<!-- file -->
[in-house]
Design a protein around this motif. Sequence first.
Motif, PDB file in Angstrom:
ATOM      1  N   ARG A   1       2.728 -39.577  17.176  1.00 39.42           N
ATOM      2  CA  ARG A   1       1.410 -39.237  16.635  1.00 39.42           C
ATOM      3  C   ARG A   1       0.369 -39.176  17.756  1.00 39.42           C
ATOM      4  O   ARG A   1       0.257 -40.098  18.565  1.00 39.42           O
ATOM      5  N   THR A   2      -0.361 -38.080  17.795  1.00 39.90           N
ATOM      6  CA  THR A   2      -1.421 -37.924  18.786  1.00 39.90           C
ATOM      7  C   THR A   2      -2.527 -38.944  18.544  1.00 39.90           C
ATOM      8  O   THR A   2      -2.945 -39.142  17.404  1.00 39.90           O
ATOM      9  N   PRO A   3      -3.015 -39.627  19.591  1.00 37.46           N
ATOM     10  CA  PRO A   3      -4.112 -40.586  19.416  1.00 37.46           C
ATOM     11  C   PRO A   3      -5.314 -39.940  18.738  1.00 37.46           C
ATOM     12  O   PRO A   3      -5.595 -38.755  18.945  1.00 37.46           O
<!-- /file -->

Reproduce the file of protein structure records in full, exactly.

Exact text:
[in-house]
Design a protein around this motif. Sequence first.
Motif, PDB file in Angstrom:
ATOM      1  N   ARG A   1       2.728 -39.577  17.176  1.00 39.42           N
ATOM      2  CA  ARG A   1       1.410 -39.237  16.635  1.00 39.42           C
ATOM      3  C   ARG A   1       0.369 -39.176  17.756  1.00 39.42           C
ATOM      4  O   ARG A   1       0.257 -40.098  18.565  1.00 39.42           O
ATOM      5  N   THR A   2      -0.361 -38.080  17.795  1.00 39.90           N
ATOM      6  CA  THR A   2      -1.421 -37.924  18.786  1.00 39.90           C
ATOM      7  C   THR A   2      -2.527 -38.944  18.544  1.00 39.90           C
ATOM      8  O   THR A   2      -2.945 -39.142  17.404  1.00 39.90           O
ATOM      9  N   PRO A   3      -3.015 -39.627  19.591  1.00 37.46           N
ATOM     10  CA  PRO A   3      -4.112 -40.586  19.416  1.00 37.46           C
ATOM     11  C   PRO A   3      -5.314 -39.940  18.738  1.00 37.46           C
ATOM     12  O   PRO A   3      -5.595 -38.755  18.945  1.00 37.46           O